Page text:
· 2 min read
NSF International Staff Takes Part in NEHA Conference
Several NSF staff members participated in the National Environmental Health Association (NEHA)’s annual conference in Nashville, Tenn. the week of July 8. Our CEO presented an award and received an award, we presented a scholar intern award, two staff members gave educational sessions and we sponsored the NEHA president’s reception.
Kevan Lawlor, NSF’s President and CEO, presented the Walter F. Snyder Environmental Health Award along with David Dyjack, NEHA’s Executive Director. Given annually since 1971 by NEHA and NSF International, the Snyder Award honors NSF International’s cofounder and first executive director, Walter F. Snyder, who provided outstanding contributions to the advancement of environmental and public health. The 2019 winner, LCDR Katie L. Bante, MPH, REHS/RS, received the award on July 11 in recognition of her leadership and collaboration in spearheading public health initiatives.
Kevan was also honored with a special award from the American Academy of Sanitarians (AAS), given in gratitude for funding and other support of environmental health education that NSF has provided over the years.
In partnership with the Association of Environmental Health Academic Programs (AEHAP), NSF offers a paid internship to university students from programs accredited by the National Environmental Health Science and Protection Accreditation Council. NSF’s scholarship allows an undergraduate student to gain valuable experience in the environmental health field. The NSF International Scholar Intern Award winner, Kate Walters of Eastern Kentucky University, was selected by AEHAP and will spend 10-12 weeks working on a research project identified by NSF.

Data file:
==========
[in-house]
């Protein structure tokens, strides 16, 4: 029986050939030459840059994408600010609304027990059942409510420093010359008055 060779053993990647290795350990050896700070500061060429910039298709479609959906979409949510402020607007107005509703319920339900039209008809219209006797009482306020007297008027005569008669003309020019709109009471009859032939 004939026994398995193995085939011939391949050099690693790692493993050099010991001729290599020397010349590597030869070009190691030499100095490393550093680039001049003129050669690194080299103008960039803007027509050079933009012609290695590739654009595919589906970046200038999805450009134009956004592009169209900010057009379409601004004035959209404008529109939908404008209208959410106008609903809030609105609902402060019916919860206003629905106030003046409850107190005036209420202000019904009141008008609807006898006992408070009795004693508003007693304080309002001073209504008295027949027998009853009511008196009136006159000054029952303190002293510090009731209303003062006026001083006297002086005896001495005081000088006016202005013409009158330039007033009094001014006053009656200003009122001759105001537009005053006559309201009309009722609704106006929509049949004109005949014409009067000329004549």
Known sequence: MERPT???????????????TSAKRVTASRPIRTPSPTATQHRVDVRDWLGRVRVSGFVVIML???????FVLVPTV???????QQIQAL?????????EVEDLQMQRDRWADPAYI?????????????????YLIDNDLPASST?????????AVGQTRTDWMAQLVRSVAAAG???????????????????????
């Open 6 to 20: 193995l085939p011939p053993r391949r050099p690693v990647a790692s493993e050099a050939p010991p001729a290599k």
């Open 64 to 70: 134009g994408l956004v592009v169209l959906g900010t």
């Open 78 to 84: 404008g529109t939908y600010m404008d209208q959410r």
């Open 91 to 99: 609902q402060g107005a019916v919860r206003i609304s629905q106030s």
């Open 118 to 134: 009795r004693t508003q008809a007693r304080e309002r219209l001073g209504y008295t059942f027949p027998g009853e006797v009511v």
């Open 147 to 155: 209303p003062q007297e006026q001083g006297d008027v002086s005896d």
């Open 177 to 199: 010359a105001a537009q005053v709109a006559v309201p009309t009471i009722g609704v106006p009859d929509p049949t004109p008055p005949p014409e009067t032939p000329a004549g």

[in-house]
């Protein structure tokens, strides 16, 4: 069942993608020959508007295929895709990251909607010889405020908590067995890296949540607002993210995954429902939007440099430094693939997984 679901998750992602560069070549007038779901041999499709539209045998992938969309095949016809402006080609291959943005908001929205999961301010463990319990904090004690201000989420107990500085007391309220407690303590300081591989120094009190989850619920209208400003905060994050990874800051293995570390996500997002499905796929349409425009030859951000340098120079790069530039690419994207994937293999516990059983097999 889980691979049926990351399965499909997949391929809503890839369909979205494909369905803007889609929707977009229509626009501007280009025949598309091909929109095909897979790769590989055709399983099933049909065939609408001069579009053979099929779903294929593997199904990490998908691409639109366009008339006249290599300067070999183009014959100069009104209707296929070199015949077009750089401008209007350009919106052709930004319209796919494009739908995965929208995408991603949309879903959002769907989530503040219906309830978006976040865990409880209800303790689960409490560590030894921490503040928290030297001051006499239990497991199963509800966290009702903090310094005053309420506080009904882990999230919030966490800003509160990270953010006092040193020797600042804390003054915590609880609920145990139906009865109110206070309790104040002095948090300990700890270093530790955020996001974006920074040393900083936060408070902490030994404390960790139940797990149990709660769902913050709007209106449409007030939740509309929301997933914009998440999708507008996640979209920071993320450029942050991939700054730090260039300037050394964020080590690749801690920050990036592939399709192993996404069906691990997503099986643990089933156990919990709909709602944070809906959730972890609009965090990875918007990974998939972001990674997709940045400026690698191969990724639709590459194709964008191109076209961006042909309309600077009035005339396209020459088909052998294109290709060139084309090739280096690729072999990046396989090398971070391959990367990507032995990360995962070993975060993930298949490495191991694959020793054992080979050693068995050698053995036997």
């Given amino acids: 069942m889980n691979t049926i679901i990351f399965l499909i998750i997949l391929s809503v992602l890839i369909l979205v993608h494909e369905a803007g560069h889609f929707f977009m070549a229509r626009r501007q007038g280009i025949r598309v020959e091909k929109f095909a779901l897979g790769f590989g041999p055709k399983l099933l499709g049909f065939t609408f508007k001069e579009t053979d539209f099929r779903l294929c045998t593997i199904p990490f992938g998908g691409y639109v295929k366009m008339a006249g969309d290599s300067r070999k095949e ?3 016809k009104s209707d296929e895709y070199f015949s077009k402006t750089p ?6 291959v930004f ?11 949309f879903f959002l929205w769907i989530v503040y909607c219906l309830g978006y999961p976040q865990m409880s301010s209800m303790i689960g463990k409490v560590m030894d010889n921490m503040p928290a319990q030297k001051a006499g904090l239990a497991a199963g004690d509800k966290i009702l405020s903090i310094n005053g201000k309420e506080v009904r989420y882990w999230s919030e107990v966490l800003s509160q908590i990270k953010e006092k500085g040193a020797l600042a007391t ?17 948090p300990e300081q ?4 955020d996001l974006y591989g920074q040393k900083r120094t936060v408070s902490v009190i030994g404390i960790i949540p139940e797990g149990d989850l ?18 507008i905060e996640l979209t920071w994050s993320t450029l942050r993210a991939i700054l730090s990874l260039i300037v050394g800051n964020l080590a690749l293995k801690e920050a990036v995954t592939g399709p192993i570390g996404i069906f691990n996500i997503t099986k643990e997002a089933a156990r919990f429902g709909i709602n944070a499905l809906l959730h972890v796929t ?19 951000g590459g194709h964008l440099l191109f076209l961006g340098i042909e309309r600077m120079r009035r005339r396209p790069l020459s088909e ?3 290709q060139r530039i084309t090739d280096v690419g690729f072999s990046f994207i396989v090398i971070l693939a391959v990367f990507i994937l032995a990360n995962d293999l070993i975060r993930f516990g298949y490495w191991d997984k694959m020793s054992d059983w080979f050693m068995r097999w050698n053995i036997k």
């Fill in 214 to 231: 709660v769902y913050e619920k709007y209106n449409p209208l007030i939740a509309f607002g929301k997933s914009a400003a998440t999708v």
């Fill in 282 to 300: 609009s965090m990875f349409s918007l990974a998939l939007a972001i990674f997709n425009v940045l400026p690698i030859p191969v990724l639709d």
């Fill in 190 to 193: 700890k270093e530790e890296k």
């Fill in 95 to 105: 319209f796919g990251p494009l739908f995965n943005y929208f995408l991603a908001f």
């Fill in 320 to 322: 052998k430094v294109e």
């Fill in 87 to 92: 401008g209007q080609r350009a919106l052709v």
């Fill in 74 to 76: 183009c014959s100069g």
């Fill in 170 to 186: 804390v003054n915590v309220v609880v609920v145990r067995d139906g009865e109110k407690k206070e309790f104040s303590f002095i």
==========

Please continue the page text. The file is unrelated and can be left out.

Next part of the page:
Derek DeLand, NSF’s Environmental Health Programs Manager, Regulatory Affairs, presented sessions on wastewater treatment systems and refrigeration unit testing. His first presentation, Conserve and Protect: NSF Onsite Wastewater Treatment System Standards and Testing, discussed three wastewater treatment standards, NSF/ANSI 40 for onsite treatment systems, NSF/ANSI 245 for nitrogen reduction systems and NSF/ANSI 350 for water reuse systems. Derek covered the value of standards and the certification process, including performance testing details such as influent and effluent characteristics, dosing volume, sampling days and stress loading.
Derek’s second talk, How Refrigeration Units Are Tested and Certified and Why It Matters, covered the construction and performance testing requirements of NSF/ANSI 7 and how to better understand labels placed inside certified refrigeration units (such as “for the storage and display of packaged products only”). He also discussed the process of national consensus standard development, the value of standards and certification, and how regulators play a role.
Blake Stark, NSF’s General Manager, Water Treatment Chemicals and Media, presented Recent Updates to the Model Aquatic Health Code (MAHC). He provided an overview of the 2018 edition of the MAHC, including updates made since the last edition of the MAHC, with a particular focus on the new pool chemical specifications.
NSF International also sponsored the president’s reception and Stan Hazan, NSF’s Senior Director of Regulatory Affairs and Association Programs, provided some remarks about NEHA and NSF International collaboration.